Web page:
that would occur over the ensuing month. Now it took a long time to get them
to agree on what those steps would be, the words and actions, and an even
longer time to get them to trust that the other side would keep their part of
the bargain. I think that's what's needed in the Middle East. Now you've got
to get them to the point where they believe enough that if they take a
dramatic step, it will be reciprocated. And so far, nobody believes that, and
so you can't get the first step taken.

GROSS: Can you give an example of a confidence-building measure on each side
that you think would help the other side?

Mr. MITCHELL: Oh, yes. We were quite specific. We recommended more than
a dozen of them. We said, for example, that the Palestinian Authority had to
make clear through concrete action their view that terrorism is reprehensible
and unacceptable and that they would do everything they could, they would make
a 100 percent effort to prevent terrorist actions from taking place, including
the arrests of people they knew who were involved in terrorism. That's a very
difficult thing for the Palestinian Authority to do, as we've seen from the
events that have occurred since then. We further specifically recommended
that the Palestinian Authority had to make an aggressive effort to prevent
Palestinian gunmen from using Palestinian-populated areas to fire on
Israeli-populated areas.

On the other side, we recommended that the government of Israel freeze all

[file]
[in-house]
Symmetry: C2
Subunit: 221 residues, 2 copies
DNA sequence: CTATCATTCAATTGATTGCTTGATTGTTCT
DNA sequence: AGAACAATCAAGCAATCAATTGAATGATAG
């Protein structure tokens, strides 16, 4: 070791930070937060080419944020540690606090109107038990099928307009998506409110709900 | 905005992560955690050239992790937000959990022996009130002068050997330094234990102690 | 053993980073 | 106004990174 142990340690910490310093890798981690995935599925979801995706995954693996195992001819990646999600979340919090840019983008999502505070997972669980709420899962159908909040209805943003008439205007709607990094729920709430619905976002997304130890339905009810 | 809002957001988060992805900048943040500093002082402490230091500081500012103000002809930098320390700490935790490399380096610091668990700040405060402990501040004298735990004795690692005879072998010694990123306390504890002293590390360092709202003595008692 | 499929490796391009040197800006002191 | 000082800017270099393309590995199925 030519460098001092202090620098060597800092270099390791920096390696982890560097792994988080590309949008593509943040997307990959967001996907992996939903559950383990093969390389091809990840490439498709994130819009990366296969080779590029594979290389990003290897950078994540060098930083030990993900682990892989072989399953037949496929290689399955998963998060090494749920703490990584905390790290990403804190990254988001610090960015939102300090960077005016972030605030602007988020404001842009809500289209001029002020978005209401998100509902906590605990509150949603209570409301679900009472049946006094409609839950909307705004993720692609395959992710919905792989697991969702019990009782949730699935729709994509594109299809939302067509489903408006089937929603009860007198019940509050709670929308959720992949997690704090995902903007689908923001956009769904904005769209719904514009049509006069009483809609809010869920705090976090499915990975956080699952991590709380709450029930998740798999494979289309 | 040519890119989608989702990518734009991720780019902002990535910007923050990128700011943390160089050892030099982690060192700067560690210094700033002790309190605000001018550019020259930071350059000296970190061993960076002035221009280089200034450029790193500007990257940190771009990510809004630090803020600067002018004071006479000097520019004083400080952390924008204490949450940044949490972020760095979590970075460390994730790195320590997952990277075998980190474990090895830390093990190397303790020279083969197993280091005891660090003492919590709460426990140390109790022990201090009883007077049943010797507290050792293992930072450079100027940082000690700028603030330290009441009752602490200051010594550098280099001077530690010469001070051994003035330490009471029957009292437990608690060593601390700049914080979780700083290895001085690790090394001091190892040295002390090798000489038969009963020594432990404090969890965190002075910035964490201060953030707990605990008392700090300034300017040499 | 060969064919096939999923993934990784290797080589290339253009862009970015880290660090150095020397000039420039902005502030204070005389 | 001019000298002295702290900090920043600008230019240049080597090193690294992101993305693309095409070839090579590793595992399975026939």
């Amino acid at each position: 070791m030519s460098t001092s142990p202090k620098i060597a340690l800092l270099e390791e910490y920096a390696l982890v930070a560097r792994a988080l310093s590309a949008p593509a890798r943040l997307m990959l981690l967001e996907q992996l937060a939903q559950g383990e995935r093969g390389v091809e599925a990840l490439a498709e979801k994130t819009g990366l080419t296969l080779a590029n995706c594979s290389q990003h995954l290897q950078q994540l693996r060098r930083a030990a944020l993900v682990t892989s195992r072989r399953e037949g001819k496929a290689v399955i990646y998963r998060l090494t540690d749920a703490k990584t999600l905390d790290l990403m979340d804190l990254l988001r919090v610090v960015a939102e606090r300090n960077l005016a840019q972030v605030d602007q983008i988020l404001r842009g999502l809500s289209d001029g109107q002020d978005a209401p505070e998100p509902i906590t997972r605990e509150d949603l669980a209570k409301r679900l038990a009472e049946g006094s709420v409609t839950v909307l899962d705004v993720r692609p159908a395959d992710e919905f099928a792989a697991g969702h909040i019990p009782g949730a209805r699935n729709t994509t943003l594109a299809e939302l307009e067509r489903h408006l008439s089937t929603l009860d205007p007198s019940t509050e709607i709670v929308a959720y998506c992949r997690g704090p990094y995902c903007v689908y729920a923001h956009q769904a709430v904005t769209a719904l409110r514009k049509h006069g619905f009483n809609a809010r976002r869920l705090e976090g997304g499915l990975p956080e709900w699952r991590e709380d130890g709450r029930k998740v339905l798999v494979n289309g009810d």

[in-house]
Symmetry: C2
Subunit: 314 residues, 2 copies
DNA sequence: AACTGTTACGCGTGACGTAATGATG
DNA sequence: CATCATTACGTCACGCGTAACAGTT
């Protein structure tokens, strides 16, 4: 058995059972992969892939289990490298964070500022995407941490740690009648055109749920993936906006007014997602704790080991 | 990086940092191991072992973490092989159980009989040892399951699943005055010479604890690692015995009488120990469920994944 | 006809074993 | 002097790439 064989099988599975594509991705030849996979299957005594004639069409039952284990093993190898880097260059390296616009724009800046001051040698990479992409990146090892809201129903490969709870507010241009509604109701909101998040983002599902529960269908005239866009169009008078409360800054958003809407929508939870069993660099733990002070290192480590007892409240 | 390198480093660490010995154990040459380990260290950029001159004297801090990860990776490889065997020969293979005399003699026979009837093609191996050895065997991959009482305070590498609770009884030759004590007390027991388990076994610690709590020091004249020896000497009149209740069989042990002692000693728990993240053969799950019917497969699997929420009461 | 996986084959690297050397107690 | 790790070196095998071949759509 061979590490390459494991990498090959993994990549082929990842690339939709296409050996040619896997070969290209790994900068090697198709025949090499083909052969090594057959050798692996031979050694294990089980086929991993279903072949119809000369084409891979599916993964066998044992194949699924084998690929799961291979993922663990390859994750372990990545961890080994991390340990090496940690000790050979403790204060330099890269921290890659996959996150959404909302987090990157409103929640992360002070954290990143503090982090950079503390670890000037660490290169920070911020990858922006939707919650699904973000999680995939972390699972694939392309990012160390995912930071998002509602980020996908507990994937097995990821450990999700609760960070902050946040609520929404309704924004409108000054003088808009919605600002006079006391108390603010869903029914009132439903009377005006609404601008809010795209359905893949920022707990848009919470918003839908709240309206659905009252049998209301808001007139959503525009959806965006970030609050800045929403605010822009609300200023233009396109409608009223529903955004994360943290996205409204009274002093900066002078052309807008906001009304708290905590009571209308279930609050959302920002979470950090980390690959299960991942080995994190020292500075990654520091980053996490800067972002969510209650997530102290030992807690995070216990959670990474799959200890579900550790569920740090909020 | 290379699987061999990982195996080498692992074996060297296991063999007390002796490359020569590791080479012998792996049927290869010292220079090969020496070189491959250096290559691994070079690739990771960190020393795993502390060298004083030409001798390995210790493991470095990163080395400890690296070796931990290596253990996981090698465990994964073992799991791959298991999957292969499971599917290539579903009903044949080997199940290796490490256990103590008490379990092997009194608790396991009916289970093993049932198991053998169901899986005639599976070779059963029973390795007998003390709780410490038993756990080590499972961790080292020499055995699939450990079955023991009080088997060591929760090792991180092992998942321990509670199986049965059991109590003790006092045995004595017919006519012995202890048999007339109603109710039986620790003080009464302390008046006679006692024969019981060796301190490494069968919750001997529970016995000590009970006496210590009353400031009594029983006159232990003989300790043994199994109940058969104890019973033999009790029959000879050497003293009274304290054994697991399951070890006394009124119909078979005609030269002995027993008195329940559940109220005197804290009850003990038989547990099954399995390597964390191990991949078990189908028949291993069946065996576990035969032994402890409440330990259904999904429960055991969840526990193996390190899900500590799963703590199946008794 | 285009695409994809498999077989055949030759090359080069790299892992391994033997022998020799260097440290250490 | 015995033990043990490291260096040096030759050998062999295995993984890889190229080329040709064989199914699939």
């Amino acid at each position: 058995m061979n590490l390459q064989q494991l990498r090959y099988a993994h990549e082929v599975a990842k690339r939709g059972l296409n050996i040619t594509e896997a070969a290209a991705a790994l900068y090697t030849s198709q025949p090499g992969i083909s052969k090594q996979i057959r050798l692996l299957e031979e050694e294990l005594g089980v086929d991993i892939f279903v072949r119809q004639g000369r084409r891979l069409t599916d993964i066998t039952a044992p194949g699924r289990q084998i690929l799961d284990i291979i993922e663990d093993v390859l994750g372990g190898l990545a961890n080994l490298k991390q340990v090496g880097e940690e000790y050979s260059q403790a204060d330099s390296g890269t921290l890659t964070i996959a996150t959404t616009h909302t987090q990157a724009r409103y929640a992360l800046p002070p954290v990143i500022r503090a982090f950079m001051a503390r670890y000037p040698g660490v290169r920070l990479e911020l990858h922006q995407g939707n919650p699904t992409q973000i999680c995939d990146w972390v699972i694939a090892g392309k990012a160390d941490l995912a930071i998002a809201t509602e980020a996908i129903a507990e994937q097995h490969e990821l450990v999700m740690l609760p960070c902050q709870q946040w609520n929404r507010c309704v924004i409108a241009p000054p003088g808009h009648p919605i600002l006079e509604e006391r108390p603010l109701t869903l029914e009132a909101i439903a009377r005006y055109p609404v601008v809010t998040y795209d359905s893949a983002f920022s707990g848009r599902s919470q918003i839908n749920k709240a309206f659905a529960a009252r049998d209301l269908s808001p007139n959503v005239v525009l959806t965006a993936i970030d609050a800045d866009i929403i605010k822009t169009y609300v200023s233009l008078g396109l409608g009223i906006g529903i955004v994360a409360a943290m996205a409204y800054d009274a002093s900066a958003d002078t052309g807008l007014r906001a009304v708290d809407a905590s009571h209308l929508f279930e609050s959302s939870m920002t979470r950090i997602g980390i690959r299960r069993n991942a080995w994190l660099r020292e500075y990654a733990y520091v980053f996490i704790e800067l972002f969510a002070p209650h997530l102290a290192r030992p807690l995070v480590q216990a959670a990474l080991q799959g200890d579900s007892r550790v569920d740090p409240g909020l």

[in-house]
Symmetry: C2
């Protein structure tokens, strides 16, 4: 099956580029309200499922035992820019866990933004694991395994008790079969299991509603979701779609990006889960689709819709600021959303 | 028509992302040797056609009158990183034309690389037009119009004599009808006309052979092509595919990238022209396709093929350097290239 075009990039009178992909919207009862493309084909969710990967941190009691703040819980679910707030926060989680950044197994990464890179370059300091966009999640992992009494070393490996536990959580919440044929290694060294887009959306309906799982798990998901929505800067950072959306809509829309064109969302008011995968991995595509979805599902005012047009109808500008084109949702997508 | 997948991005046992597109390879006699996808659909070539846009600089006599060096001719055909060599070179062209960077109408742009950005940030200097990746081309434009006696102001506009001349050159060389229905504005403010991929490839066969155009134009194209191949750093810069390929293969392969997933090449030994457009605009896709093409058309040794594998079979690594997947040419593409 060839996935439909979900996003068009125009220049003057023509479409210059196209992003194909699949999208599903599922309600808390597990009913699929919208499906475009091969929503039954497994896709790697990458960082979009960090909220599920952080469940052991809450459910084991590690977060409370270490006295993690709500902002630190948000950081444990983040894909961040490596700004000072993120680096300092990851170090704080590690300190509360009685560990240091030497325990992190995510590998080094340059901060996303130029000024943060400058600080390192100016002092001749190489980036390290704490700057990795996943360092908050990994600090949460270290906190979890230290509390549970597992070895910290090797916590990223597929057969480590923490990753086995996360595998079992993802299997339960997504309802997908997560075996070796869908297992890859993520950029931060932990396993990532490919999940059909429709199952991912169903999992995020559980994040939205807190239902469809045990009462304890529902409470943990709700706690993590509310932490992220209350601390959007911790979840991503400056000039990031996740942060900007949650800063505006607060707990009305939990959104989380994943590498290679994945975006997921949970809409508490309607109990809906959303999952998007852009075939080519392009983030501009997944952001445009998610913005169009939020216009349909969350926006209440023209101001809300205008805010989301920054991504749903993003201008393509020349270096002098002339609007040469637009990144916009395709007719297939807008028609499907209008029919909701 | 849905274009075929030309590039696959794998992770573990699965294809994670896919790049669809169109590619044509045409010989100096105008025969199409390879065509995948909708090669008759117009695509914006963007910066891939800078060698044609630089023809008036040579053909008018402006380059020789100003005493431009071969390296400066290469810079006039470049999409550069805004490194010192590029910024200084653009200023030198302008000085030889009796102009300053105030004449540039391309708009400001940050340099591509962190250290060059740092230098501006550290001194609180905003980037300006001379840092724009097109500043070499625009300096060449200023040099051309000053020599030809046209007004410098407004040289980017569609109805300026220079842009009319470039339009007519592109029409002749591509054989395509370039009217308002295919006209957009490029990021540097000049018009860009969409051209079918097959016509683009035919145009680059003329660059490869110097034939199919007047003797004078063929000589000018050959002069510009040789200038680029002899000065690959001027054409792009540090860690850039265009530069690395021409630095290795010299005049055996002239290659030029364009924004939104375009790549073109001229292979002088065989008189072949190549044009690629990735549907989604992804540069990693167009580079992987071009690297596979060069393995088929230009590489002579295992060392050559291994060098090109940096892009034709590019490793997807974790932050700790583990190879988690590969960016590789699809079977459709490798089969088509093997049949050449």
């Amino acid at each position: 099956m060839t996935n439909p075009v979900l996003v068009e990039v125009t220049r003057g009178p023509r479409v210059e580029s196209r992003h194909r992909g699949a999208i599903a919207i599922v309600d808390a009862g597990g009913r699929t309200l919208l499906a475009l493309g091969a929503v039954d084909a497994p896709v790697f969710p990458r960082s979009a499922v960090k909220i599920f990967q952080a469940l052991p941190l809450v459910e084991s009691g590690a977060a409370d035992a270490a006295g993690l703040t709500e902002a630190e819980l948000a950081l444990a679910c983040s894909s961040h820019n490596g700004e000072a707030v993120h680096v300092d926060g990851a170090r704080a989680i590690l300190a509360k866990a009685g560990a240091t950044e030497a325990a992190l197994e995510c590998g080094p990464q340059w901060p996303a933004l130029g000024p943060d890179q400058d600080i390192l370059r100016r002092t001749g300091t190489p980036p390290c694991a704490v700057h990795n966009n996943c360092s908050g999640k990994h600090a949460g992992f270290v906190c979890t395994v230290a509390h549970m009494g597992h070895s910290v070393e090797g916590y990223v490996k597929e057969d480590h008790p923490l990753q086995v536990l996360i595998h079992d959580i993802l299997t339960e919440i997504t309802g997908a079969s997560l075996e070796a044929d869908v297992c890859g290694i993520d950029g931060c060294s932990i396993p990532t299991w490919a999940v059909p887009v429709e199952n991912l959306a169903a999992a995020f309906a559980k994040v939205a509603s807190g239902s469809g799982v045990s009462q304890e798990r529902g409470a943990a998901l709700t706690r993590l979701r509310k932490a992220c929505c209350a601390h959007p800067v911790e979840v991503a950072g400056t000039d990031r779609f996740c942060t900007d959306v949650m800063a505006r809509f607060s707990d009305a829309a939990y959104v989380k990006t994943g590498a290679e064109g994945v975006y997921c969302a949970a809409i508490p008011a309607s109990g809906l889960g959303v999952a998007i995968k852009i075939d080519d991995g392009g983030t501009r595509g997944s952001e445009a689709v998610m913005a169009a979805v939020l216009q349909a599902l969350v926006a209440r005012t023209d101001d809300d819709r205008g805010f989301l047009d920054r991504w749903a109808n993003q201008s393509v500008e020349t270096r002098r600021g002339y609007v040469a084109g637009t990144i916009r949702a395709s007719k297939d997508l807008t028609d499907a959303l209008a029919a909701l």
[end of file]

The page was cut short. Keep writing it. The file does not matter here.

settlement construction activity throughout the region. It's been a source
of, we felt, great concern and creating many flash points of the violence
that's occurred. We also recommended that the government of Israel resume the
transfer of tax payments that it collects and it previously transferred to the
Palestinian Authority, that it lift the closures that now effectively prevent
any economic activity from occurring within Gaza and the Palestinian
territories, and a whole series of steps like that.

Both sides acting, sometimes jointly, sometimes separately, in a way that will
enable them to have at least enough confidence to begin the process of
negotiation. That's the root cause now. There's zero confidence, there's
total mistrust, and somehow the culture of peace, which was so carefully
nourished over the past decade and which has now been completely shattered,
has to be rebuilt to the point where they can resume negotiation.